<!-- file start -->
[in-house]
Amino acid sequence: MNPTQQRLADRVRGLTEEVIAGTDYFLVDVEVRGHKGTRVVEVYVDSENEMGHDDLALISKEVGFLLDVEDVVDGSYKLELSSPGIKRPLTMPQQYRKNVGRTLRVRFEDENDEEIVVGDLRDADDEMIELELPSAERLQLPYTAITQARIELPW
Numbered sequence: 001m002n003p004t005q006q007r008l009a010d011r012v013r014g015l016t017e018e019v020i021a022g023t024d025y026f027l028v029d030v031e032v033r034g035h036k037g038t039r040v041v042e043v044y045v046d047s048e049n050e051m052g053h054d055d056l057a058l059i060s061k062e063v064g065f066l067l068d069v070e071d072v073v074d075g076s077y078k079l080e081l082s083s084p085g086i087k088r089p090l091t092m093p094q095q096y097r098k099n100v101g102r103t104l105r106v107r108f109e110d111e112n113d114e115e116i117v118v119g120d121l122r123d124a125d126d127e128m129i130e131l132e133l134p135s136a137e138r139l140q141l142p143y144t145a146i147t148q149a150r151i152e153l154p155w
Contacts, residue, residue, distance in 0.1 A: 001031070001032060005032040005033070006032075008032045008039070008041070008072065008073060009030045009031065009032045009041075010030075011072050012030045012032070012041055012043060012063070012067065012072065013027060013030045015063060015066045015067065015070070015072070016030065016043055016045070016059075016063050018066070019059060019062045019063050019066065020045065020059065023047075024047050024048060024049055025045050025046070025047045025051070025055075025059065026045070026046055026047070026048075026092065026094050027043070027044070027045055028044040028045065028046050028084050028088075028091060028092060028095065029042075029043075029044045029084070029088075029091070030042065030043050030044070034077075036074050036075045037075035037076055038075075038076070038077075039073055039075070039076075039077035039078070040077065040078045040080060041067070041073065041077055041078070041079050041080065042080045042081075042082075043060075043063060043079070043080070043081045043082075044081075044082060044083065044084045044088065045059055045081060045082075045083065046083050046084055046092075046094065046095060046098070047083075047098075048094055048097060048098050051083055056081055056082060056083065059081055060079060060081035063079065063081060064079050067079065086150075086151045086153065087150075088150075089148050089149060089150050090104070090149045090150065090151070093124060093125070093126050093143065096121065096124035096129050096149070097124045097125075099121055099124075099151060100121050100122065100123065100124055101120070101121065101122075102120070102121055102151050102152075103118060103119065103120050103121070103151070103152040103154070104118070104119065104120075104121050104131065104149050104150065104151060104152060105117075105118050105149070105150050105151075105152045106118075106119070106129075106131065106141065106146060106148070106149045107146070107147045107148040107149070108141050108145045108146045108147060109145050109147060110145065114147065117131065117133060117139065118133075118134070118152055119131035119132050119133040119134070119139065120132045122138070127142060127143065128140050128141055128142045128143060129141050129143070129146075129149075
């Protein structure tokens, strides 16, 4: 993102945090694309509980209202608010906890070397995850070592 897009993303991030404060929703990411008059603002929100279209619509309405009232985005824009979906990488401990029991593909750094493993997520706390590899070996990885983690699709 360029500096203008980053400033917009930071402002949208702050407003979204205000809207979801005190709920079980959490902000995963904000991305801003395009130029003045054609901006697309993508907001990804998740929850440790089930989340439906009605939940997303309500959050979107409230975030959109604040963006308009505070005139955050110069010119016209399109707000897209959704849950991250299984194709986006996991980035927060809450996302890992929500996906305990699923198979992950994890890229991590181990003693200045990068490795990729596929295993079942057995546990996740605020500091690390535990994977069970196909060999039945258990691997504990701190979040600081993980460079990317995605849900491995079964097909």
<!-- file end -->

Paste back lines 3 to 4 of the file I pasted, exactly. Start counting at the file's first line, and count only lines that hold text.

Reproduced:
Numbered sequence: 001m002n003p004t005q006q007r008l009a010d011r012v013r014g015l016t017e018e019v020i021a022g023t024d025y026f027l028v029d030v031e032v033r034g035h036k037g038t039r040v041v042e043v044y045v046d047s048e049n050e051m052g053h054d055d056l057a058l059i060s061k062e063v064g065f066l067l068d069v070e071d072v073v074d075g076s077y078k079l080e081l082s083s084p085g086i087k088r089p090l091t092m093p094q095q096y097r098k099n100v101g102r103t104l105r106v107r108f109e110d111e112n113d114e115e116i117v118v119g120d121l122r123d124a125d126d127e128m129i130e131l132e133l134p135s136a137e138r139l140q141l142p143y144t145a146i147t148q149a150r151i152e153l154p155w
Contacts, residue, residue, distance in 0.1 A: 001031070001032060005032040005033070006032075008032045008039070008041070008072065008073060009030045009031065009032045009041075010030075011072050012030045012032070012041055012043060012063070012067065012072065013027060013030045015063060015066045015067065015070070015072070016030065016043055016045070016059075016063050018066070019059060019062045019063050019066065020045065020059065023047075024047050024048060024049055025045050025046070025047045025051070025055075025059065026045070026046055026047070026048075026092065026094050027043070027044070027045055028044040028045065028046050028084050028088075028091060028092060028095065029042075029043075029044045029084070029088075029091070030042065030043050030044070034077075036074050036075045037075035037076055038075075038076070038077075039073055039075070039076075039077035039078070040077065040078045040080060041067070041073065041077055041078070041079050041080065042080045042081075042082075043060075043063060043079070043080070043081045043082075044081075044082060044083065044084045044088065045059055045081060045082075045083065046083050046084055046092075046094065046095060046098070047083075047098075048094055048097060048098050051083055056081055056082060056083065059081055060079060060081035063079065063081060064079050067079065086150075086151045086153065087150075088150075089148050089149060089150050090104070090149045090150065090151070093124060093125070093126050093143065096121065096124035096129050096149070097124045097125075099121055099124075099151060100121050100122065100123065100124055101120070101121065101122075102120070102121055102151050102152075103118060103119065103120050103121070103151070103152040103154070104118070104119065104120075104121050104131065104149050104150065104151060104152060105117075105118050105149070105150050105151075105152045106118075106119070106129075106131065106141065106146060106148070106149045107146070107147045107148040107149070108141050108145045108146045108147060109145050109147060110145065114147065117131065117133060117139065118133075118134070118152055119131035119132050119133040119134070119139065120132045122138070127142060127143065128140050128141055128142045128143060129141050129143070129146075129149075